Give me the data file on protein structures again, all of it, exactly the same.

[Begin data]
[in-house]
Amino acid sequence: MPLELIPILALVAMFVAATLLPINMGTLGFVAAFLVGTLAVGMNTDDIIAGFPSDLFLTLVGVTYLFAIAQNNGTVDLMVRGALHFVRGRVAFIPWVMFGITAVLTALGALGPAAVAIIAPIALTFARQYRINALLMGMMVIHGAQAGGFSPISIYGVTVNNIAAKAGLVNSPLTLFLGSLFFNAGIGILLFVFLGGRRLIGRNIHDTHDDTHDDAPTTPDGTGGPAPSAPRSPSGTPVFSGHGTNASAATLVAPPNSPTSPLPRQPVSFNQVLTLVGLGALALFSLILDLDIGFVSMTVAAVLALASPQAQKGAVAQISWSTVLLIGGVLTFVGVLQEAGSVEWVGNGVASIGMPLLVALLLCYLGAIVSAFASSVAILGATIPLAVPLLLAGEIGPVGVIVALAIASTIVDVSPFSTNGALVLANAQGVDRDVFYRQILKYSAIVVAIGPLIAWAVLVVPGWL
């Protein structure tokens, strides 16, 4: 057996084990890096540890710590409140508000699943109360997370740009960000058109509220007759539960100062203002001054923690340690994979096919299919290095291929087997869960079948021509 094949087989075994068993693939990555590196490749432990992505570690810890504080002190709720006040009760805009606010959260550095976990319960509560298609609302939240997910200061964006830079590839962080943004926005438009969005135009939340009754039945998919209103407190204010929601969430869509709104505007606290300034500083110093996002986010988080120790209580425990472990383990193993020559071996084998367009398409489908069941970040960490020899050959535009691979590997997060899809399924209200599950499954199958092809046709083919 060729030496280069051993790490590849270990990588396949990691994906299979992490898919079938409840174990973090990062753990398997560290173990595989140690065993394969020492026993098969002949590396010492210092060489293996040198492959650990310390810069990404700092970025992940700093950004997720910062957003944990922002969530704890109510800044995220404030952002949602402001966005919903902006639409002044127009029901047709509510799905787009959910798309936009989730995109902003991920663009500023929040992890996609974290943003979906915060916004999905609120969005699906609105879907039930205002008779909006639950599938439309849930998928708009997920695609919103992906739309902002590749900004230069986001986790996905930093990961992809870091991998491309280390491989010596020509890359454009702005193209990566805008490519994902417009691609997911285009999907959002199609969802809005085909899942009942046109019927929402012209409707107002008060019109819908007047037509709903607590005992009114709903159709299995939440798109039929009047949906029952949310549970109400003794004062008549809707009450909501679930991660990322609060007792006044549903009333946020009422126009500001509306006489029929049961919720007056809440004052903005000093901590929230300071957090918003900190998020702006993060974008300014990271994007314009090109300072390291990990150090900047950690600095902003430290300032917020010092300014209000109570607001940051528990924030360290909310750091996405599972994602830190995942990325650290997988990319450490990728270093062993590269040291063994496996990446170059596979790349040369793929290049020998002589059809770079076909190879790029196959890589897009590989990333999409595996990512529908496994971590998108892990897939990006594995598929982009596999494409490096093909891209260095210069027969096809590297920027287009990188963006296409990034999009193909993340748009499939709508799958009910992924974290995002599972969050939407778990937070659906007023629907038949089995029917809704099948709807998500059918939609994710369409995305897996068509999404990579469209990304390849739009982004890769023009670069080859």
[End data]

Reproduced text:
[in-house]
Amino acid sequence: MPLELIPILALVAMFVAATLLPINMGTLGFVAAFLVGTLAVGMNTDDIIAGFPSDLFLTLVGVTYLFAIAQNNGTVDLMVRGALHFVRGRVAFIPWVMFGITAVLTALGALGPAAVAIIAPIALTFARQYRINALLMGMMVIHGAQAGGFSPISIYGVTVNNIAAKAGLVNSPLTLFLGSLFFNAGIGILLFVFLGGRRLIGRNIHDTHDDTHDDAPTTPDGTGGPAPSAPRSPSGTPVFSGHGTNASAATLVAPPNSPTSPLPRQPVSFNQVLTLVGLGALALFSLILDLDIGFVSMTVAAVLALASPQAQKGAVAQISWSTVLLIGGVLTFVGVLQEAGSVEWVGNGVASIGMPLLVALLLCYLGAIVSAFASSVAILGATIPLAVPLLLAGEIGPVGVIVALAIASTIVDVSPFSTNGALVLANAQGVDRDVFYRQILKYSAIVVAIGPLIAWAVLVVPGWL
């Protein structure tokens, strides 16, 4: 057996084990890096540890710590409140508000699943109360997370740009960000058109509220007759539960100062203002001054923690340690994979096919299919290095291929087997869960079948021509 094949087989075994068993693939990555590196490749432990992505570690810890504080002190709720006040009760805009606010959260550095976990319960509560298609609302939240997910200061964006830079590839962080943004926005438009969005135009939340009754039945998919209103407190204010929601969430869509709104505007606290300034500083110093996002986010988080120790209580425990472990383990193993020559071996084998367009398409489908069941970040960490020899050959535009691979590997997060899809399924209200599950499954199958092809046709083919 060729030496280069051993790490590849270990990588396949990691994906299979992490898919079938409840174990973090990062753990398997560290173990595989140690065993394969020492026993098969002949590396010492210092060489293996040198492959650990310390810069990404700092970025992940700093950004997720910062957003944990922002969530704890109510800044995220404030952002949602402001966005919903902006639409002044127009029901047709509510799905787009959910798309936009989730995109902003991920663009500023929040992890996609974290943003979906915060916004999905609120969005699906609105879907039930205002008779909006639950599938439309849930998928708009997920695609919103992906739309902002590749900004230069986001986790996905930093990961992809870091991998491309280390491989010596020509890359454009702005193209990566805008490519994902417009691609997911285009999907959002199609969802809005085909899942009942046109019927929402012209409707107002008060019109819908007047037509709903607590005992009114709903159709299995939440798109039929009047949906029952949310549970109400003794004062008549809707009450909501679930991660990322609060007792006044549903009333946020009422126009500001509306006489029929049961919720007056809440004052903005000093901590929230300071957090918003900190998020702006993060974008300014990271994007314009090109300072390291990990150090900047950690600095902003430290300032917020010092300014209000109570607001940051528990924030360290909310750091996405599972994602830190995942990325650290997988990319450490990728270093062993590269040291063994496996990446170059596979790349040369793929290049020998002589059809770079076909190879790029196959890589897009590989990333999409595996990512529908496994971590998108892990897939990006594995598929982009596999494409490096093909891209260095210069027969096809590297920027287009990188963006296409990034999009193909993340748009499939709508799958009910992924974290995002599972969050939407778990937070659906007023629907038949089995029917809704099948709807998500059918939609994710369409995305897996068509999404990579469209990304390849739009982004890769023009670069080859």